tell me about hen only flocks

Discussion in 'Managing Your Flock' started by cestial225, Sep 9, 2013.

  1. cestial225

    cestial225 Chirping

    Apr 8, 2013
    I recently decided to cull all my roosters. I have small children and they make me nervous. I am wondering how my flock will change without a rooster. I am afraid I am gonna start losing hens like crazy to predators.
  2. Chicks Galore3

    Chicks Galore3 Artistic Bird Nut

    Dec 16, 2011
    I had just hens, and I didn't loose any. Of course, it depends where you live/ how many predators you have. There will be a shift in the pecking order as everybody decides who top hen is and who isn't, but things will calm down and be like normal.
  3. Mrs. K

    Mrs. K Crowing

    Nov 12, 2009
    western South Dakota
    I have had many all hen flocks. I strongly recommend it for families with children. Your flock will be calmer with humans, without a rooster. Roosters often will keep between you and the hens.

    A good rooster does help with day time predators. If you have a hen only flock, you should probably limit your free ranging time periods. I think all chicken owners should have a run/coop set up that one can safely lock all the birds up as sometimes you get a predator hanging around for the free meal.

    Yes, I have lost more birds when I don't have a mature rooster, but risking a small child is not worth it. Time will come, the children will be bigger, and then you can try a rooster again.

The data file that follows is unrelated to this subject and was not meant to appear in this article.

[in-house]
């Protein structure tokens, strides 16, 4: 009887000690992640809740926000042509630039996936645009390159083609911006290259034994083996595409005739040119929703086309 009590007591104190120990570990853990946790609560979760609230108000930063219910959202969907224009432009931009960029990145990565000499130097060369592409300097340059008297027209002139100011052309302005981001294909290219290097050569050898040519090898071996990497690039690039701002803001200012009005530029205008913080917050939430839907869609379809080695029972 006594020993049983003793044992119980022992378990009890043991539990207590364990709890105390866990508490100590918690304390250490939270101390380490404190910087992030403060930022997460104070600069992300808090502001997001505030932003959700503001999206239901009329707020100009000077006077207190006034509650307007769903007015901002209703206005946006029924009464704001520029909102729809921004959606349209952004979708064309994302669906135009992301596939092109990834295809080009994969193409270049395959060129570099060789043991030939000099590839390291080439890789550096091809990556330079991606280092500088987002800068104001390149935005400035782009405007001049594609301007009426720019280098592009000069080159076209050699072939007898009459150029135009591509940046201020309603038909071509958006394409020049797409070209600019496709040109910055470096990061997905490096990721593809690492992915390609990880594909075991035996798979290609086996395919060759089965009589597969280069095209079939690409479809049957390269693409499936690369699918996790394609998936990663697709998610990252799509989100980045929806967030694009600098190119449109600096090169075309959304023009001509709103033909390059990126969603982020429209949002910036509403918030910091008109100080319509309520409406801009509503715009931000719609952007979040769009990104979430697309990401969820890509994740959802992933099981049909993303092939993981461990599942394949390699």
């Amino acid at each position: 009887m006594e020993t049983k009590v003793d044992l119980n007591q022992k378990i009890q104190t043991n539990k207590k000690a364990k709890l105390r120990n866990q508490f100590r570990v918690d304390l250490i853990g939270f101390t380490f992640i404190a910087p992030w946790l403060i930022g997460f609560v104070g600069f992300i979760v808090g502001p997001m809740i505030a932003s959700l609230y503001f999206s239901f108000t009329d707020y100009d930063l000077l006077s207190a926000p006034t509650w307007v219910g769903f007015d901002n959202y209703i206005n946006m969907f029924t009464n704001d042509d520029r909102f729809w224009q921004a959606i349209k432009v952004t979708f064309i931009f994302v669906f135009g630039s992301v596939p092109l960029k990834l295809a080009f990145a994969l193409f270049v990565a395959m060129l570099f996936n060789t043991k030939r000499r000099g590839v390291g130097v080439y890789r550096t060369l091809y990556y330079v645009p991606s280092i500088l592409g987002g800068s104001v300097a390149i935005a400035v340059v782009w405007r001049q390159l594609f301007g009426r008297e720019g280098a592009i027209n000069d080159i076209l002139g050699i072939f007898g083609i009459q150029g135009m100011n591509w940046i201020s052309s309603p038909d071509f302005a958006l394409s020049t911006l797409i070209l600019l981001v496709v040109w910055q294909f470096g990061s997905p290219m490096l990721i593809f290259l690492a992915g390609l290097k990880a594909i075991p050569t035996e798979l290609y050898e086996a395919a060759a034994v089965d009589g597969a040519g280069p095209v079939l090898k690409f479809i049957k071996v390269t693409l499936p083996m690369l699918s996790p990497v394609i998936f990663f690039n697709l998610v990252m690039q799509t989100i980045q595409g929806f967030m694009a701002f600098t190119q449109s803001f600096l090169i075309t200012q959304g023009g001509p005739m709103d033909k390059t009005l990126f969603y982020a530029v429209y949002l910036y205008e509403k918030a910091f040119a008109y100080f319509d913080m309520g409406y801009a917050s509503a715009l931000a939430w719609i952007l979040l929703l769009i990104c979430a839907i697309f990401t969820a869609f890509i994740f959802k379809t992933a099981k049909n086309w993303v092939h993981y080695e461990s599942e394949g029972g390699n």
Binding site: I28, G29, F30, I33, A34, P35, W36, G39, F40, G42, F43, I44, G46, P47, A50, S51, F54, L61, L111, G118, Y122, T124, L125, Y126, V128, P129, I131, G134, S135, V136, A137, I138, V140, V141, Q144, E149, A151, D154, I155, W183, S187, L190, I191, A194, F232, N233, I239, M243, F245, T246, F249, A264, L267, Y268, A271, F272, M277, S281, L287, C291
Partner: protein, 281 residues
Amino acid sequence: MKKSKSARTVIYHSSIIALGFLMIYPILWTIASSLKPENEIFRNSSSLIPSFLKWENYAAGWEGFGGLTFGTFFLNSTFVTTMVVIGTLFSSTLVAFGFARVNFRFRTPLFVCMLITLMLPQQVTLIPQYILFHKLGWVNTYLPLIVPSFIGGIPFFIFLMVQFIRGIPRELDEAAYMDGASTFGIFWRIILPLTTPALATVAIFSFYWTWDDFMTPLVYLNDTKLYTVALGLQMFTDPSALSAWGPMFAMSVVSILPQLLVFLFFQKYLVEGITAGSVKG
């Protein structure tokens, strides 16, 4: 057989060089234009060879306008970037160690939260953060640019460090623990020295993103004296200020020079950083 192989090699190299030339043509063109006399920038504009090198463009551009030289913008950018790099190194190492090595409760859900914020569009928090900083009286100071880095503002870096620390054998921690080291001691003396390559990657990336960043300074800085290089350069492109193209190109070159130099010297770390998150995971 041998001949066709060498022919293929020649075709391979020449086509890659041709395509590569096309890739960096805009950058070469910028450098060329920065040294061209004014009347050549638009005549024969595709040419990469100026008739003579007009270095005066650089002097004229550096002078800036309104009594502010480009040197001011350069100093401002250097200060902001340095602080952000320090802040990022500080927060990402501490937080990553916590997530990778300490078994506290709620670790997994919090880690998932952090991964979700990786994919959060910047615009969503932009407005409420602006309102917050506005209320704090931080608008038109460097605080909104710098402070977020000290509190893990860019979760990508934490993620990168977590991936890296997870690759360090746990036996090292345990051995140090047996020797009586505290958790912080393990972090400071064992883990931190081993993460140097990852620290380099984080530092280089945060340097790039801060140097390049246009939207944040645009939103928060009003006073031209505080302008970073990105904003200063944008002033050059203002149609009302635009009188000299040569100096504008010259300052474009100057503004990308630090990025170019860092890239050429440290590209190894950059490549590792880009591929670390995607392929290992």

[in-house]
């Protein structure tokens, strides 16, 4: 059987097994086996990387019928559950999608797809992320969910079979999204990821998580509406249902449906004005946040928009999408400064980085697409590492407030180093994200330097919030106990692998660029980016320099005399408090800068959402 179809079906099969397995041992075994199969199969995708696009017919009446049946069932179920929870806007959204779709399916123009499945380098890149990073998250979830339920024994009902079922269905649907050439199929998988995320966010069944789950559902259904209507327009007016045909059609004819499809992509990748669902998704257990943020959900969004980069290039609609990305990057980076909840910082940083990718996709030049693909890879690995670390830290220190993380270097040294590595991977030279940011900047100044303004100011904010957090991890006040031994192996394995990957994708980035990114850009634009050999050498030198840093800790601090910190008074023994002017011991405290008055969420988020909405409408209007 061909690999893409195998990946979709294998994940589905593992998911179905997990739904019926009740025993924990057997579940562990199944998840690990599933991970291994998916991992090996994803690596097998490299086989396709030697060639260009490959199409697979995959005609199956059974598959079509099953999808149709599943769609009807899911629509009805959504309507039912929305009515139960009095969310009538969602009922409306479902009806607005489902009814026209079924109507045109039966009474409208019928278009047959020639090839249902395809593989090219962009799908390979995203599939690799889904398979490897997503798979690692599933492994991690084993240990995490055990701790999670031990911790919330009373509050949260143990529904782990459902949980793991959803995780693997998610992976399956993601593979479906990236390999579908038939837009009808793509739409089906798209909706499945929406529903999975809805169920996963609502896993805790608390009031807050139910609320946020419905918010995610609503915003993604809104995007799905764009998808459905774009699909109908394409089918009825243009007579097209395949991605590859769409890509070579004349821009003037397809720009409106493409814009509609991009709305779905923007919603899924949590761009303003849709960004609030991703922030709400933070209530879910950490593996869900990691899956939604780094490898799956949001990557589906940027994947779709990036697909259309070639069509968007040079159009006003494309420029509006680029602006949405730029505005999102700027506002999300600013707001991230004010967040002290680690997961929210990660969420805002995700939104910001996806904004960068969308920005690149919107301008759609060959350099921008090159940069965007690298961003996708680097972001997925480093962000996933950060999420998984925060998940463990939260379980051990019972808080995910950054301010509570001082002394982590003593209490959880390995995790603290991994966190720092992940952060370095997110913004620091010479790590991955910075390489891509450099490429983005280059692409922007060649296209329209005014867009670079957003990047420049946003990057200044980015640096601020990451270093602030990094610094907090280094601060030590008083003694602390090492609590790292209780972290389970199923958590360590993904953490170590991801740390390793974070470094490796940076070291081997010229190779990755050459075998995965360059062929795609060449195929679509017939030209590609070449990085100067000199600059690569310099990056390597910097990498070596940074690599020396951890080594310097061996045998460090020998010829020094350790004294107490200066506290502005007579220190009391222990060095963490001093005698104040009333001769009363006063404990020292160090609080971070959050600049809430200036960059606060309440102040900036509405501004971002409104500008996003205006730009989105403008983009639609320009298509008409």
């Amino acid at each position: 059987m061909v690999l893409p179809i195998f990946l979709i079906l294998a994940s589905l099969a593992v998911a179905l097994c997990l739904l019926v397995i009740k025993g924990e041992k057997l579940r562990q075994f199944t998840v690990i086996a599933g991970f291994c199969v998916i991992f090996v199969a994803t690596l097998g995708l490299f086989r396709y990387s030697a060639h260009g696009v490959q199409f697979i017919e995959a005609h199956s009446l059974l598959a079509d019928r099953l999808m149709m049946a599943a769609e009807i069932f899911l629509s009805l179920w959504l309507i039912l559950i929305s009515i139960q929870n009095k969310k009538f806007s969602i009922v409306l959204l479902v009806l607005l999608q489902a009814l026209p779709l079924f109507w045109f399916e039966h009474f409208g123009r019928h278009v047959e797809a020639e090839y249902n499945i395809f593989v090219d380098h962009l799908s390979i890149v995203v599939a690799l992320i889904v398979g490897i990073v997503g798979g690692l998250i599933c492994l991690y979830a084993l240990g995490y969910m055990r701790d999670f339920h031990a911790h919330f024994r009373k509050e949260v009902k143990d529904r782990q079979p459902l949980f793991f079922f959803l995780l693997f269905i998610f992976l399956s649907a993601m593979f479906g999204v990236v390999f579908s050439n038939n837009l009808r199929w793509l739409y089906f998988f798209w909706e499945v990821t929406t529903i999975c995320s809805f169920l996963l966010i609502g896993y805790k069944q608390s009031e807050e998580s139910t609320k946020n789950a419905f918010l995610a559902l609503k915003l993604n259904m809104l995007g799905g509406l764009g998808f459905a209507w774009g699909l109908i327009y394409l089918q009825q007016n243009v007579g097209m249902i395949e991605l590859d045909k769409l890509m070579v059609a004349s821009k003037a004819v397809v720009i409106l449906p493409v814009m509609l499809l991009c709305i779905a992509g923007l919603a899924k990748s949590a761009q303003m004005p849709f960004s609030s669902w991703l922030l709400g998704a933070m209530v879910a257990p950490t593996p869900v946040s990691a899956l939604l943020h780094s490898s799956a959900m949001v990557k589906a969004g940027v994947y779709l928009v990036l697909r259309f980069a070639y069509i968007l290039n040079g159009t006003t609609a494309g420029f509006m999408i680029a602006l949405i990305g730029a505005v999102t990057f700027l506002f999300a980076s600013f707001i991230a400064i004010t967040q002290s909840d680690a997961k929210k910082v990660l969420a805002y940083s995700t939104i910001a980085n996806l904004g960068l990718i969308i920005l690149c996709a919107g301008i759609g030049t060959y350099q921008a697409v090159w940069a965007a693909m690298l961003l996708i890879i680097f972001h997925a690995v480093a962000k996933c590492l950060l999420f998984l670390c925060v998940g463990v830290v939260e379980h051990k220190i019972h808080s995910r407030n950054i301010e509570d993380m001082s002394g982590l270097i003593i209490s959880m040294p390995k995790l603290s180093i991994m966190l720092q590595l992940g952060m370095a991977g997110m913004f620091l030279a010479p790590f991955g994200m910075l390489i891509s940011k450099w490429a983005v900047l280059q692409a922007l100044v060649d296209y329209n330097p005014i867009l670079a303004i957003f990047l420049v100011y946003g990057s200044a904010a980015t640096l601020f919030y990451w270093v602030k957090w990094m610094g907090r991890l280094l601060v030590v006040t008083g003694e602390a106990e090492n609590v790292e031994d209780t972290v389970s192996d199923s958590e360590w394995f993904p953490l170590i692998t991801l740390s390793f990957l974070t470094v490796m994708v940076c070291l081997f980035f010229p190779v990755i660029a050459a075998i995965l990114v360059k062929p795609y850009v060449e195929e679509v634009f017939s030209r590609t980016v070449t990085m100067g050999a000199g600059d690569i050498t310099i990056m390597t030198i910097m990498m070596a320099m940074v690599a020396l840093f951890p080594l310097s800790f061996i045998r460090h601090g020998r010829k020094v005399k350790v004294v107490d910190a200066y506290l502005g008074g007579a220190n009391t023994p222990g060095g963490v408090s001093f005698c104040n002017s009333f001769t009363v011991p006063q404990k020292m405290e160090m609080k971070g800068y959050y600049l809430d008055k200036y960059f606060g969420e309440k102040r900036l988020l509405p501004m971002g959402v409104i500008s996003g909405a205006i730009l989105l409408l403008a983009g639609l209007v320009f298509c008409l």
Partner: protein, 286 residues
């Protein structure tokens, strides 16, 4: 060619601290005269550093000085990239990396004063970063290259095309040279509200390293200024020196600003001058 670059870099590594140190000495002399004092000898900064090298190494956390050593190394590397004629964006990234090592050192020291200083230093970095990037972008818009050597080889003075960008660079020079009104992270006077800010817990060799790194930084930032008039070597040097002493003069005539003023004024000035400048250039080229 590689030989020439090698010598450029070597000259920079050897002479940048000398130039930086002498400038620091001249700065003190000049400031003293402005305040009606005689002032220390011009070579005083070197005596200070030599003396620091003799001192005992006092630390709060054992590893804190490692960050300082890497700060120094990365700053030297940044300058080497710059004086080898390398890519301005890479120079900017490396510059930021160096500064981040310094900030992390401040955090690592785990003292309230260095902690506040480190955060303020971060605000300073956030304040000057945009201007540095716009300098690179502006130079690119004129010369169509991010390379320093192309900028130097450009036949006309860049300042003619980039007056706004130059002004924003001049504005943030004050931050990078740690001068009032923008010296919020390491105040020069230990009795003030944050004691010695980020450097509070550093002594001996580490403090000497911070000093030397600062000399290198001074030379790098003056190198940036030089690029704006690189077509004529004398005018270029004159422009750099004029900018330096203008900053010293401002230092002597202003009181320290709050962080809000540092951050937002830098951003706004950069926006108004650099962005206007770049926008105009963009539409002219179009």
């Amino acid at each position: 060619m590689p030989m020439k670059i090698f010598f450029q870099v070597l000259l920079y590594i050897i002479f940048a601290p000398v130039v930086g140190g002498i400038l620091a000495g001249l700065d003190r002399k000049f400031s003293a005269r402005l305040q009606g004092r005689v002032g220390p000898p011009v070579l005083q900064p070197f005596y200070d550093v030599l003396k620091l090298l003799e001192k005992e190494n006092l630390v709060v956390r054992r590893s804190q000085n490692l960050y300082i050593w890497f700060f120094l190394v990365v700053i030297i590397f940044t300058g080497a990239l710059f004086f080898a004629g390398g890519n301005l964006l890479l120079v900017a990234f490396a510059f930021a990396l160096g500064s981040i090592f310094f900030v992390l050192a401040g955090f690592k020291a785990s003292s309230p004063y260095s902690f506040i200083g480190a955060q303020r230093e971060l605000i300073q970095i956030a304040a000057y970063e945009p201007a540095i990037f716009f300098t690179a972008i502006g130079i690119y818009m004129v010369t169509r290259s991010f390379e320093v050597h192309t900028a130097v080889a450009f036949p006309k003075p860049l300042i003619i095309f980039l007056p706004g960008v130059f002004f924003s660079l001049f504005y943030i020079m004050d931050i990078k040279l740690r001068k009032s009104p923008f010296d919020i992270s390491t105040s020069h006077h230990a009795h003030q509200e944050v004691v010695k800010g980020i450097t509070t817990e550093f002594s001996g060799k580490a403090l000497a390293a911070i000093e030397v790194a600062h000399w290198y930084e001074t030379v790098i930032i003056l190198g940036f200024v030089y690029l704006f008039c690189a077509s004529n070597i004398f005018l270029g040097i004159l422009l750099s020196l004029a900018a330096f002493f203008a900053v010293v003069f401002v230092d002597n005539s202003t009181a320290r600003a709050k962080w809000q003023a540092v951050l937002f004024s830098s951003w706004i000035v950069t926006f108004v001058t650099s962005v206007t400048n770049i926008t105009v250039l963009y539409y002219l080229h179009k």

Mrs K
    1 person likes this.
  4. Marylandchkn

    Marylandchkn In the Brooder

    Jul 9, 2014
    How long does it take to get the pecking order in order? so the dominate hen isn't nipping the others? and how long do my new introductions to the flock have to undergo the pecking order?
    Last edited: Jul 9, 2014
  5. bobbi-j

    bobbi-j Crossing the Road

    Mar 15, 2010
    On the MN prairie.
    There is no cut and dried answer to this question as all flocks are different. It can take a few days or a couple of weeks. They will sort it out eventually, though. The thing to remember is that every time you add or subtract from your flock, they will have to sort out the pecking order all over again.
    1 person likes this.
  6. Defjam

    Defjam In the Brooder

    I've had an all hen flock (5) for little under a year and one of the hens has established herself as the alpha female. Ironically, she was the last born and smallest, but she is certainly not afraid of letting the others know that she's the one in charge. Now that I've introduced another 10 hens (actually 9 hens and one mistake rooster) that are approaching 21 weeks old...My alpha female Louisa is still in charge. I suspect that may change, but she doesn't give slack to any of them (even the Black Australorp which is huge at 21 weeks)!
    1 person likes this.
  7. RonP

    RonP Crowing

    I have an all hen flock, lost my one bantam rooster to a raccoon, who is buried next to him...

    Apart from being the first to go, how do your roosters protect from predators?

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